When days are DARK…

Teenage girls fight with their friends. I think. Maybe it was just me and my friends. Terrible fights. Mostly scribbled on notes which were passed around in class. I can’t remember what one fight was about. But it was never-ending. My diaries from those days are a long list of who was not speaking to me and who I was not speaking to. When we weren’t fighting with each other, we were sending each other notes with hearts and xxxs. Pretty strange when I think about it now.

Nevertheless, I still have friends from those years. We don’t fight a lot these days, but still send each other hearts and xxxs, now on WhatsApp. Friendship is a funny thing. We have friends from very young ages, so it must be instinctual. But we don’t pick our friends based on who is good in a fight or who is good at hunting. Rather, we choose people who we like. And why we like them is a mystery, really. I mean, not that they are not very nice people, but why one and not the other?

I was very lucky to have built-in friends, in the form of cousins. My cousins have proved to be lifelong partners in crime. I have a younger cousin, four years younger than I, who I liked to dress up. I have many photographs of her: dressed as a bride, a witch and a pro-tennis player. That same little cousin flew to Thailand to see me when I was travelling there. We spent a manic time touring the islands and a bit of Cambodia. I say manic because that’s the best way to describe it. We laughed, then cried, sent up fire balloons in the air and crashed scooters (a number of times). It was a thoroughly good visit. She said to me, before she left – “listen to your own wise self.” That has stuck with me over the years and I think of those words often when I am faced with a difficult choice.

There is a saying that goes “When days are dark, friends are few”. This has not been true for me. When my father was dying, my friends were at the hospital with me. They carried me through my divorce. I have a friend who joined Facebook (against her highest principles) in order to find me when I was alone and scared overseas. That same friend held my face in her two hands and told me that everything was going to be ok and that she loved me unconditionally, when I had first left my ex-husband and was living by myself.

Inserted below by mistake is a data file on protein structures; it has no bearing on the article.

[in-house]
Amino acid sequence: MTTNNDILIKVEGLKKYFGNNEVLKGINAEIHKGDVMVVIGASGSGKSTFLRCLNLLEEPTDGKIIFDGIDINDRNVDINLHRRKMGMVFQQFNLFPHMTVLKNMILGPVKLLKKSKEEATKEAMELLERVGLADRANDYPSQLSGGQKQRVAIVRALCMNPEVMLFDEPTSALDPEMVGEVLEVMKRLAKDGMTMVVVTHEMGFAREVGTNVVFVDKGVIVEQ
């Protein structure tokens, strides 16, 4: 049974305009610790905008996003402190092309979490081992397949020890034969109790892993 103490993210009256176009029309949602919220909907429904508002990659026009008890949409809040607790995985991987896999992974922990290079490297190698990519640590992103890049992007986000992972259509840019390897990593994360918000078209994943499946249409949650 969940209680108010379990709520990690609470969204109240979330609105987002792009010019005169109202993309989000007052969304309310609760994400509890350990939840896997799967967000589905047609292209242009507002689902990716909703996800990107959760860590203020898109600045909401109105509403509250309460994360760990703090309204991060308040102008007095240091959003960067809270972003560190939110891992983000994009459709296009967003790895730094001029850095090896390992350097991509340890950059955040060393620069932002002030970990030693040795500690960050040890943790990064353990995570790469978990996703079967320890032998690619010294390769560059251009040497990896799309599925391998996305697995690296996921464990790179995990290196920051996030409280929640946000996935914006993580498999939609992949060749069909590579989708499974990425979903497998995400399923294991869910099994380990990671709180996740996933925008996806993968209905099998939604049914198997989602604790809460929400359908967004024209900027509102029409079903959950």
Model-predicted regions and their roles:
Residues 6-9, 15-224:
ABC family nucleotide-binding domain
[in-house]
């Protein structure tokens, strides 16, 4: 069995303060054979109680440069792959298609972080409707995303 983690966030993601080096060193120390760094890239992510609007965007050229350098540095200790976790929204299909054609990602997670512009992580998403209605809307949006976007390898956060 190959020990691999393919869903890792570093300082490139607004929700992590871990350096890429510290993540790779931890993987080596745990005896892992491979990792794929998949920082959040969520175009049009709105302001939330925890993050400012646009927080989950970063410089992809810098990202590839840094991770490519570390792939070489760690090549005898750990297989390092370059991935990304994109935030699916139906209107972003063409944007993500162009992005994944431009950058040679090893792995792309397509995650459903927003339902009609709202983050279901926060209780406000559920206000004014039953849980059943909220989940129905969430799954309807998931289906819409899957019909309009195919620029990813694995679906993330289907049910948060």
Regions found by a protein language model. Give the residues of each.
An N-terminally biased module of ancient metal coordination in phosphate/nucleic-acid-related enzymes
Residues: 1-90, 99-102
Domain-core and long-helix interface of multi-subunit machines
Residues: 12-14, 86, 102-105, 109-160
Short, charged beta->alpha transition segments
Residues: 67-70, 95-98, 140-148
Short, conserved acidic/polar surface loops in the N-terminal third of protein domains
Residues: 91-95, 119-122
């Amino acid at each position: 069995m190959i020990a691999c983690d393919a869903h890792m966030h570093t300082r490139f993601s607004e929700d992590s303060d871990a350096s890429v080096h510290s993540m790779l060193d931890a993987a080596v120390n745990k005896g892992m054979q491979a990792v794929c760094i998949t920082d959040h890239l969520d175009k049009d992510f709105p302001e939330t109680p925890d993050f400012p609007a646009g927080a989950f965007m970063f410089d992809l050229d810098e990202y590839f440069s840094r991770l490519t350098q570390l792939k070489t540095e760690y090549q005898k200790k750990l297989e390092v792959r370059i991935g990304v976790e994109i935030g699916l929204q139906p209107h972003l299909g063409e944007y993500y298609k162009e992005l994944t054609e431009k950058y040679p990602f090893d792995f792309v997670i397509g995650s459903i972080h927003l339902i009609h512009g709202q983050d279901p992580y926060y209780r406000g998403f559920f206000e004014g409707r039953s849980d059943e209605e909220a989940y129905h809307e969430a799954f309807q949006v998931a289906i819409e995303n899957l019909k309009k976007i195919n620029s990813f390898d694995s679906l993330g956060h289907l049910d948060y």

Another friend introduced me to Bitmoji, at the age of 45. She advised me on how to set mine up and now we send each other Bitmoji’s of ourselves. We do this a lot. We laugh about our lives too. No matter how bad things have become, she is always there, to empathise and giggle with. One of my best memories is of us driving around Scarborough in the Western Cape together, getting lost and laughing.

A word on male friends. When I saw When Harry Met Sally I agreed with Harry. Men and women couldn’t be friends because the “sex part always gets in the way”. In my life post-divorce, I have changed my mind. I have two male friends who I consider to be two of my best friends. When I am acting crazy over a guy – my one male friend urges me to “be cool”. It never fails to bring me back to my senses. He takes my calls at strange hours while I cry on the other end of the phone, because I have been dumped or ignored or a guy has just been plain mean to me.

I may have have been unlucky in love, but I have been incredibly lucky in friendship. They’re nice – friends. Easy, uncomplicated (nowadays) and full of mutual appreciation. A fan club of my very own.

C.S Lewis said that “Friendship is unnecessary, like philosophy, like art…. It has no survival value; rather it is one of those things which give value to survival.” My friendships have been full of joy, mostly, and a lot of hearts and xxxs.

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